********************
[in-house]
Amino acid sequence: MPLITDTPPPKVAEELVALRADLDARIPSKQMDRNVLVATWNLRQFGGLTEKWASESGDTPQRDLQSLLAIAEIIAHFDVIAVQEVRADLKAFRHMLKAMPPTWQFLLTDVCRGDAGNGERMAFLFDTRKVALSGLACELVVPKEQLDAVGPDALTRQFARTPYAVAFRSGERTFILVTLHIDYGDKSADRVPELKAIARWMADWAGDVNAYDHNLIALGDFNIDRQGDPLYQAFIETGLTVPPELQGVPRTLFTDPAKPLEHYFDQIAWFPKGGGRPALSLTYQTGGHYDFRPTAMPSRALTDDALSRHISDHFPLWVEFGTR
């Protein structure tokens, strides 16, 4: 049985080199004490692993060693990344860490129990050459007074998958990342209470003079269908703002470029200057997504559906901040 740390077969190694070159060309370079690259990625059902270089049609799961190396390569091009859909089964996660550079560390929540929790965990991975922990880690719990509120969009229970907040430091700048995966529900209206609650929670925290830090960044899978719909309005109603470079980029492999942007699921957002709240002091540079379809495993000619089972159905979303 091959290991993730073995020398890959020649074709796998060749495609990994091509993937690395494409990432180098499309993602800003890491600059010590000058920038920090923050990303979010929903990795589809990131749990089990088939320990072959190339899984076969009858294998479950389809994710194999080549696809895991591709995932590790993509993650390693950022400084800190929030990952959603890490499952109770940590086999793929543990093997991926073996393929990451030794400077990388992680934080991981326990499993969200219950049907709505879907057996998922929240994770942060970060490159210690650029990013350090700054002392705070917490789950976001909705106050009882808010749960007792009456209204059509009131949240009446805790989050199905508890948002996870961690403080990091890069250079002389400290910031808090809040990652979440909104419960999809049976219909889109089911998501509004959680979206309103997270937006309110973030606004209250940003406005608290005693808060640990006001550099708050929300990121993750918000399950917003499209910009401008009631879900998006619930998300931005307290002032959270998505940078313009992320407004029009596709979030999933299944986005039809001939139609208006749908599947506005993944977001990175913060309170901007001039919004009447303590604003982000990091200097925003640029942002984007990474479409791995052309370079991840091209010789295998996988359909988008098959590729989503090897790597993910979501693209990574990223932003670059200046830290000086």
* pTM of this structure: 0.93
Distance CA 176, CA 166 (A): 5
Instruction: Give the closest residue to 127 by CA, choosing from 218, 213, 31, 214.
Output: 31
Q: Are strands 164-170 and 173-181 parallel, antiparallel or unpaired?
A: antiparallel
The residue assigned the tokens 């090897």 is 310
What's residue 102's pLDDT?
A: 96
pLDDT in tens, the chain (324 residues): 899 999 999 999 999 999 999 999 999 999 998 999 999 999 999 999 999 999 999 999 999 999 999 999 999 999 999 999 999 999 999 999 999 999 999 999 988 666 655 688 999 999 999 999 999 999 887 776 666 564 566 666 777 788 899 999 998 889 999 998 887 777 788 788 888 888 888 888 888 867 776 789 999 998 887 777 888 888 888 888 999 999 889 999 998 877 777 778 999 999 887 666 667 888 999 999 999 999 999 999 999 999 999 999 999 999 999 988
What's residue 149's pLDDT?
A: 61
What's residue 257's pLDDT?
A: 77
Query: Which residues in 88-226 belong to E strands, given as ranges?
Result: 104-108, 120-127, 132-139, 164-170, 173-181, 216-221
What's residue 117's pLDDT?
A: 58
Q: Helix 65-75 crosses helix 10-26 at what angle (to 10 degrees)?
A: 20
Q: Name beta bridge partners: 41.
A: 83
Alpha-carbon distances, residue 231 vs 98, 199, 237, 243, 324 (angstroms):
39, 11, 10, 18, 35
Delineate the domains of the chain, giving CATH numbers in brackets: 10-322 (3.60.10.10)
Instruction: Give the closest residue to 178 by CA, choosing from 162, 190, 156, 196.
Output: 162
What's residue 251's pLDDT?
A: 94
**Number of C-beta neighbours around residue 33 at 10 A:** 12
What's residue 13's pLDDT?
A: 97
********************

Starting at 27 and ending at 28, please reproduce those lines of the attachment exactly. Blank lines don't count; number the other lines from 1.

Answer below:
39, 11, 10, 18, 35
Delineate the domains of the chain, giving CATH numbers in brackets: 10-322 (3.60.10.10)